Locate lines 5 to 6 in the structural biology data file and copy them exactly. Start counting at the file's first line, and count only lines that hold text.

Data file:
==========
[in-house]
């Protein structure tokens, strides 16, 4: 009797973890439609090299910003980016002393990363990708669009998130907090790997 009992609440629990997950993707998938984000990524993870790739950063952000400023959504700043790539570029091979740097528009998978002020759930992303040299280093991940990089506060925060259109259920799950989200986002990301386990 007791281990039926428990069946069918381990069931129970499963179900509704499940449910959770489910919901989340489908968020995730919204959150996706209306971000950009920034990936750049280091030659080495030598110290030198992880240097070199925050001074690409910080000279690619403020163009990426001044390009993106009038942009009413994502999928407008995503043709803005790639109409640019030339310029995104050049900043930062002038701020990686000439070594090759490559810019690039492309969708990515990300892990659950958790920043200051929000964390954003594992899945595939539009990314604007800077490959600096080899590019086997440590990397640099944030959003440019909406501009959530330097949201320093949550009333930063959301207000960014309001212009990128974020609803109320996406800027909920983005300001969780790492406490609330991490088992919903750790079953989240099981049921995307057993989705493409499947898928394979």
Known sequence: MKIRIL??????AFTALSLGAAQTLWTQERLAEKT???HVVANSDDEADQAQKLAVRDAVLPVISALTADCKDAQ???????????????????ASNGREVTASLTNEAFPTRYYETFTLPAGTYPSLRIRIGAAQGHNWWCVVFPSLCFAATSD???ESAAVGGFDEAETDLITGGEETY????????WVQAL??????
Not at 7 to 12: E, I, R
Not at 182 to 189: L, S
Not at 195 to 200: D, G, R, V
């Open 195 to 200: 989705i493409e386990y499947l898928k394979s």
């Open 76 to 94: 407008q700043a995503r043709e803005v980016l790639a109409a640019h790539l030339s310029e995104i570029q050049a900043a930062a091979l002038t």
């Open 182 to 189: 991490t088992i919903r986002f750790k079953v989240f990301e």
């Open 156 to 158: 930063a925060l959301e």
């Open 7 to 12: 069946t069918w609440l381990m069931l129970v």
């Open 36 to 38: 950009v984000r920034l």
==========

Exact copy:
Not at 182 to 189: L, S
Not at 195 to 200: D, G, R, V